2022-2023 Energy Seed Grant Program Research for the Energy Future

UT researchers accelerate energy tech and policy innovations through ambitious seed grant program

Sept. 20, 2022
The Energy Institute at The University of Texas at Austin has awarded seed grants to 17 interdisciplinary research teams to help kickstart projects that will attract federal funding and accelerate the innovations needed to reduce the impact of fossil fuels on the environment...

Call for Proposals: Economics of Carbon Capture, Utilization and Storage

Dec. 2, 2021
Researchers at The University of Texas at Austin and the University of Wyoming issued a call for proposals on CCUS economics and policy.

What Happened At The Texas Legislature To Shore Up The State’s Power Grid?

Sept. 16, 2021
Varun Rai spoke with Texas Public Radio about the legislative response...

Planning for the Future: FERC’s Opportunity to Spur More Cost-Effective Transmission Infrastructure

Feb. 2, 2021
Report by the Americans for a Clean Energy Grid uses insights from the Full Cost of Electricity Study.
illustration of water droplets splashing

A Hopeful Vision for the Future of Energy

Dec. 23, 2020
We describe a re-imagined vision for the common energy futures in the coming 20 years. What will it look like?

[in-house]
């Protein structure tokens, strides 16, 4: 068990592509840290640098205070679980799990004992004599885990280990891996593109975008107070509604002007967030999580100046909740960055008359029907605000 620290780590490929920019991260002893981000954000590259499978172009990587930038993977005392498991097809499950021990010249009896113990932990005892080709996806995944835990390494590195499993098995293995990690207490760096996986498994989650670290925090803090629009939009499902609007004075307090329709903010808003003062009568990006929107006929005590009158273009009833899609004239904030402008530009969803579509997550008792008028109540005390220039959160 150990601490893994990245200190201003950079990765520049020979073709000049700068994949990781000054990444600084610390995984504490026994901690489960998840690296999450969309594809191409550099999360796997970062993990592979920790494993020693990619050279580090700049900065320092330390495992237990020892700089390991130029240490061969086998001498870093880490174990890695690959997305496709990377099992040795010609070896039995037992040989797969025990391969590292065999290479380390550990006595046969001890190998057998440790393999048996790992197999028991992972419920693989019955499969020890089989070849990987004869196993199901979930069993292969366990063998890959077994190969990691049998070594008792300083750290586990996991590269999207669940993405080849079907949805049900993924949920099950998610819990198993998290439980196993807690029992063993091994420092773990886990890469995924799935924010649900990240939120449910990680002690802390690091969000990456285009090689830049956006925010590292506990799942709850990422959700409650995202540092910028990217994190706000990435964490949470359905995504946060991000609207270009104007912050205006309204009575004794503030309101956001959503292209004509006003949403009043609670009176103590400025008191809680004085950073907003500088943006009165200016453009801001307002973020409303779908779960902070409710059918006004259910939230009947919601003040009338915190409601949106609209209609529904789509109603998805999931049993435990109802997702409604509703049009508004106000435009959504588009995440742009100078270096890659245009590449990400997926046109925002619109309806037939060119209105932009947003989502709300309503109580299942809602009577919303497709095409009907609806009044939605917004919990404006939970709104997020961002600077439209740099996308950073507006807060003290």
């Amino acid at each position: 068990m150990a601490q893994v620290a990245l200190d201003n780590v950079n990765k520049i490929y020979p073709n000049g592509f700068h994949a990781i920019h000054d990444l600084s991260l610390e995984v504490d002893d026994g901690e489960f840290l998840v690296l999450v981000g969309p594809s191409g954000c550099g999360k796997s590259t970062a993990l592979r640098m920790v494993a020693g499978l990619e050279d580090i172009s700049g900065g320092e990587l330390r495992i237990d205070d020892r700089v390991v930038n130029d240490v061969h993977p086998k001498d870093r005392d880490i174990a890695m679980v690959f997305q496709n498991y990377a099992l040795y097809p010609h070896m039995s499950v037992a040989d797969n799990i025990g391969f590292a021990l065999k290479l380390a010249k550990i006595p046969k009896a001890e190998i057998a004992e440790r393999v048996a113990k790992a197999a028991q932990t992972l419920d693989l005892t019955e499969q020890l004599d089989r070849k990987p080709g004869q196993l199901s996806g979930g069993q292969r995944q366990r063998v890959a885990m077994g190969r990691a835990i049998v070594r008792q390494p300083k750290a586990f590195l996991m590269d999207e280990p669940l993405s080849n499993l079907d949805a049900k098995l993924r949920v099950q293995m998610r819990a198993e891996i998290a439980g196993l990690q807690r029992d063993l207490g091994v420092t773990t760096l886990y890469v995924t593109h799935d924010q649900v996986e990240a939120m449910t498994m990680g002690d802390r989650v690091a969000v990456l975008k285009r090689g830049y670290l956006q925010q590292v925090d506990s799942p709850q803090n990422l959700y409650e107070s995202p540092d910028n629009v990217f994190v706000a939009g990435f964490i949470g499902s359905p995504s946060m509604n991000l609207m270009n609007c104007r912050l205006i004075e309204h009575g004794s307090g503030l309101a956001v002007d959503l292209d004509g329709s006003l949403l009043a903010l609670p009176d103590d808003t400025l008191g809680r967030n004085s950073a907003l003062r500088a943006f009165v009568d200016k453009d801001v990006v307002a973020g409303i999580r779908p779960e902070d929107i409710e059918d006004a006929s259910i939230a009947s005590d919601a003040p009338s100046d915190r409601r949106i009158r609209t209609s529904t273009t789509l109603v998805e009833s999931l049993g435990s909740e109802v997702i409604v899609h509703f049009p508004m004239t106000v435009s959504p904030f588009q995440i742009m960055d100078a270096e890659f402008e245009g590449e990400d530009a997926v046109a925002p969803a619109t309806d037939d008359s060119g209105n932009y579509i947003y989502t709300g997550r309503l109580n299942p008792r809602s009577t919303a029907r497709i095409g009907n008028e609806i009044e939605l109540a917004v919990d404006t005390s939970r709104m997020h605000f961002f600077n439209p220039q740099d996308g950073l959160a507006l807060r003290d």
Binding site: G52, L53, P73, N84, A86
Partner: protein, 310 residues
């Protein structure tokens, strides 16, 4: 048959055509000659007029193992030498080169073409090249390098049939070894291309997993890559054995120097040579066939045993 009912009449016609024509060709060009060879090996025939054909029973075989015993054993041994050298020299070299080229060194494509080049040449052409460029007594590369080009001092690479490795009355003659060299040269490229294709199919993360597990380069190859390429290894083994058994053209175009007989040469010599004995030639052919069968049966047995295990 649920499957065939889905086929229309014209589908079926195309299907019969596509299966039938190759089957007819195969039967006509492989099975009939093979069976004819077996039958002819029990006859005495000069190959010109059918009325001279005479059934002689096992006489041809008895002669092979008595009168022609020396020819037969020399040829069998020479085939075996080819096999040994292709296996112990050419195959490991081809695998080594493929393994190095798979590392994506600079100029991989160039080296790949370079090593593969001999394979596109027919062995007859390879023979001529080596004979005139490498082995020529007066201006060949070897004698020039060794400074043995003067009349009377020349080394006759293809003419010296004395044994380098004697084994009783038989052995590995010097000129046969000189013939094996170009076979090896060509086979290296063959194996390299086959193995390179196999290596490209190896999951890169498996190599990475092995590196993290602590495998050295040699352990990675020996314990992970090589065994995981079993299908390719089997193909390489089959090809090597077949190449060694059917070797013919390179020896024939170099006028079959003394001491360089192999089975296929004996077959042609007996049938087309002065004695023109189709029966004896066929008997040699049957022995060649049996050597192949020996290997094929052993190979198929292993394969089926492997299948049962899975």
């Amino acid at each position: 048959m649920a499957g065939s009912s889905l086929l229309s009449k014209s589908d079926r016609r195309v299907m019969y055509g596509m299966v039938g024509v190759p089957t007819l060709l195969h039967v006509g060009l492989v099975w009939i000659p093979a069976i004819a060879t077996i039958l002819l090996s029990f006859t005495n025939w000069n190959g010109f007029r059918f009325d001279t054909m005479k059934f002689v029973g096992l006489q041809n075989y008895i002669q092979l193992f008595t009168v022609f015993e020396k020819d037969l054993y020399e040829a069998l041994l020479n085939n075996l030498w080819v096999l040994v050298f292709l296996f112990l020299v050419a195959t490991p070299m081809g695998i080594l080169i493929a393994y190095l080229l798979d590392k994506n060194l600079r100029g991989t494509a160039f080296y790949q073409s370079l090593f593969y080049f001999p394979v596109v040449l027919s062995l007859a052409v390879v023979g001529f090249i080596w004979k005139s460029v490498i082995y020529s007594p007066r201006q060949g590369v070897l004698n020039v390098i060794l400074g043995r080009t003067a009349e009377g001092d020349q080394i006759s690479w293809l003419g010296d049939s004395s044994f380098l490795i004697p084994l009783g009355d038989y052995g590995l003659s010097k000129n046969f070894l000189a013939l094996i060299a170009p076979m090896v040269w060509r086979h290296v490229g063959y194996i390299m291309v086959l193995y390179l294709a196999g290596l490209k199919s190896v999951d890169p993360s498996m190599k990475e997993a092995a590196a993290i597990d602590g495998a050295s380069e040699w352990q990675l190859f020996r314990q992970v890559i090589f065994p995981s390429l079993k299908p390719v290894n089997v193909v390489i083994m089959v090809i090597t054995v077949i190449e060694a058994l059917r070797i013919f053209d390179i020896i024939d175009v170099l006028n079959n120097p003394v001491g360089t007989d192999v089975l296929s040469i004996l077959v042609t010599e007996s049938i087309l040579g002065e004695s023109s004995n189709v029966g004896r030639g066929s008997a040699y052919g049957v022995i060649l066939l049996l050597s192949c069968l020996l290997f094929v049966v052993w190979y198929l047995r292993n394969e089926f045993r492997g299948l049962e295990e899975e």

close-up of purple and pink plasma ball

COVID-19, Gandhi, & the Next Energy Breakthrough

Oct. 29, 2020
As we proceed through the pandemic and approach a potential political transition, we may be on the cusp of a transformative moment for the energy sector.
Hydrogen infrastructure in Texas

H2@Scale Project Launched in Texas

Sept. 15, 2020

From the Center for Electromechanics at UT Austin: 

Gas flaring structures

New UT Collaboration to Revolutionize the Way Methane Leaks Are Found

May 20, 2020

From UT News:

AUSTIN, Texas — A first-of-its-kind network of sensors for monitoring emissions across an oil and gas production region may soon revolutionize the way methane leaks are found.

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Workshop Examines Natural Gas Flaring Challenges, Solutions

April 30, 2020

The rapid expansion in tight oil production with its associated natural gas has made the United States the fourth largest source of flared gas in the world. The waste, emissions, and pollution caused by this flaring threatens not only the environment and human health but, ultimately, the license to operate for oil and natural gas companies. Responding effectively to the challenge of flaring requires technically and economically sound solutions that also enjoy political credibility and support.